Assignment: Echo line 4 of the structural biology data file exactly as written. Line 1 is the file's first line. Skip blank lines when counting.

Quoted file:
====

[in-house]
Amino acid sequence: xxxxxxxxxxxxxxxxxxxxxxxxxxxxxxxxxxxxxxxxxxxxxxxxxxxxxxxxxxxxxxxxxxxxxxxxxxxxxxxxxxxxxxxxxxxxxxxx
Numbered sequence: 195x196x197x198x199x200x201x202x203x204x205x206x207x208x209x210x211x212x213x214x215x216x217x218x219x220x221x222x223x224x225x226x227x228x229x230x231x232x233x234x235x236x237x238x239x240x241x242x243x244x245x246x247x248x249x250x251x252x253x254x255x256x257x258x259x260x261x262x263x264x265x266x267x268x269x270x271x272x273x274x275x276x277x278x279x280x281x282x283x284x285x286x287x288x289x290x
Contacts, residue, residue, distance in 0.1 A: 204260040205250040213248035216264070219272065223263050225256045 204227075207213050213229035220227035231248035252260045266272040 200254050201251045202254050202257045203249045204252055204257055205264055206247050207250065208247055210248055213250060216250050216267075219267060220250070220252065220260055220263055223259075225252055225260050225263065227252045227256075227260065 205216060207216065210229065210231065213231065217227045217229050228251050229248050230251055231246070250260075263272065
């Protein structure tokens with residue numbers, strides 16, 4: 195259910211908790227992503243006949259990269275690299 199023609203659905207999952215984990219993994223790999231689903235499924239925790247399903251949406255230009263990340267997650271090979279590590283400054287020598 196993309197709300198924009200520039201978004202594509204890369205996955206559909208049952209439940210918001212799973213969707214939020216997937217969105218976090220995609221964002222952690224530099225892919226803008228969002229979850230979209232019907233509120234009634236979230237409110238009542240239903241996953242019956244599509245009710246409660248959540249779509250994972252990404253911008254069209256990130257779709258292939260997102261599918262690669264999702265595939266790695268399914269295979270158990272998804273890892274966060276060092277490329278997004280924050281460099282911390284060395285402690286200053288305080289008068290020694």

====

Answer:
Contacts, residue, residue, distance in 0.1 A: 204260040205250040213248035216264070219272065223263050225256045 204227075207213050213229035220227035231248035252260045266272040 200254050201251045202254050202257045203249045204252055204257055205264055206247050207250065208247055210248055213250060216250050216267075219267060220250070220252065220260055220263055223259075225252055225260050225263065227252045227256075227260065 205216060207216065210229065210231065213231065217227045217229050228251050229248050230251055231246070250260075263272065